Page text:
Stack bales on end
SILAGE bales stored on their ends produce less effluent, are better preserved and have less visual mould growth than bales stored on their side.
That is according to Raymond Jones, researcher at IGER Aberystwyth. In trials reported in Novembers Signet Beef and Sheep Notes, bales stored on their end – a system used in Ireland – produced only 18 litres of effluent a bale, compared with 24 litres from bales stored in a single layer on their side, the system most commonly used in Britain.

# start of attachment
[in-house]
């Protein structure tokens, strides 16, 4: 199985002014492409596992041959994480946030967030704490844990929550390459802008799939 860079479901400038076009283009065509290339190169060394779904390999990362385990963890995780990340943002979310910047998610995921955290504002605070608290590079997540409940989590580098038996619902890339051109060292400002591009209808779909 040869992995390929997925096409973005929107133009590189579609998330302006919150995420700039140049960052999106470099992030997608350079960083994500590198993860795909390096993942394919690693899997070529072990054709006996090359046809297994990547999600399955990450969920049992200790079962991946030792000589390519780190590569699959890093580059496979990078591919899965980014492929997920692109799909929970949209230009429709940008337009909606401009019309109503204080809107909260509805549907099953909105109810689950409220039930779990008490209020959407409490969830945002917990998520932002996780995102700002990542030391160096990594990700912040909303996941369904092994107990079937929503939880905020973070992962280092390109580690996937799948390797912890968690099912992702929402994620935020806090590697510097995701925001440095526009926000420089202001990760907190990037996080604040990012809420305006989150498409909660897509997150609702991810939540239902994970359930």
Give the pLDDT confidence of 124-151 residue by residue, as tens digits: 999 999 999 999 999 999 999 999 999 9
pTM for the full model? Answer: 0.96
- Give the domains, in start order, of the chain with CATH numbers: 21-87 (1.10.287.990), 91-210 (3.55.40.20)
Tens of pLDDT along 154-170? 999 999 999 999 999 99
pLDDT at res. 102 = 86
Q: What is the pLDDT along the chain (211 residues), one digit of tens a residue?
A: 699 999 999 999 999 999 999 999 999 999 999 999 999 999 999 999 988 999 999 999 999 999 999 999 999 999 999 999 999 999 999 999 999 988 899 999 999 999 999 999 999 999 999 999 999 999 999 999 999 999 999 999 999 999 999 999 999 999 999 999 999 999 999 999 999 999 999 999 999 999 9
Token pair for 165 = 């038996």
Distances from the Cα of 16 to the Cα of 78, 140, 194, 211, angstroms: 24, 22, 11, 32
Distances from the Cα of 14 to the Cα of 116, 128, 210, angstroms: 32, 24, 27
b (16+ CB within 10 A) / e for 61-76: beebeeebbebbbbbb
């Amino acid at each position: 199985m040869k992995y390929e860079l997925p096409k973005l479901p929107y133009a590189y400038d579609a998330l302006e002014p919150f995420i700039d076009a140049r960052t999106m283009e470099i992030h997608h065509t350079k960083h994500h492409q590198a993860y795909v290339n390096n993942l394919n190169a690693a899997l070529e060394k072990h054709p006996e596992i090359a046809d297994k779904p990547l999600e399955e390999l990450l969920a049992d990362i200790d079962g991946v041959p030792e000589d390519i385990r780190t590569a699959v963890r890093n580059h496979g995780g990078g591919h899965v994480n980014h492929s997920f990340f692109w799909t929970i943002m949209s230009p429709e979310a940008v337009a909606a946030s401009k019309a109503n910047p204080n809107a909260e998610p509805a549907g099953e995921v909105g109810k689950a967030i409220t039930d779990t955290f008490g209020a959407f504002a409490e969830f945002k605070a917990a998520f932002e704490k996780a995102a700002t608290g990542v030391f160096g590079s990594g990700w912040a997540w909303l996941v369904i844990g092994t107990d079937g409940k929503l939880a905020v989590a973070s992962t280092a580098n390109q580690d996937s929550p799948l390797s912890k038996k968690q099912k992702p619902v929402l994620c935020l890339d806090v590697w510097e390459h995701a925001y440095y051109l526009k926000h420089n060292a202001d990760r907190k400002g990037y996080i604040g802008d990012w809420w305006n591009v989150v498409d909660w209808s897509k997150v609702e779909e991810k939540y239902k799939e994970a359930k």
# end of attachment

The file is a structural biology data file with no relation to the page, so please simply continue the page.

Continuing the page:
"When wrapped bales are stored on their side, the weight of silage as it ferments encourages the joints to slide open, allowing air to enter the bale and cause spoilage."
But the weight of bales stored on their ends applies more uniform pressure to the joints, sealing them more firmly and avoiding the risk of them sliding apart, concludes Dr Jones. *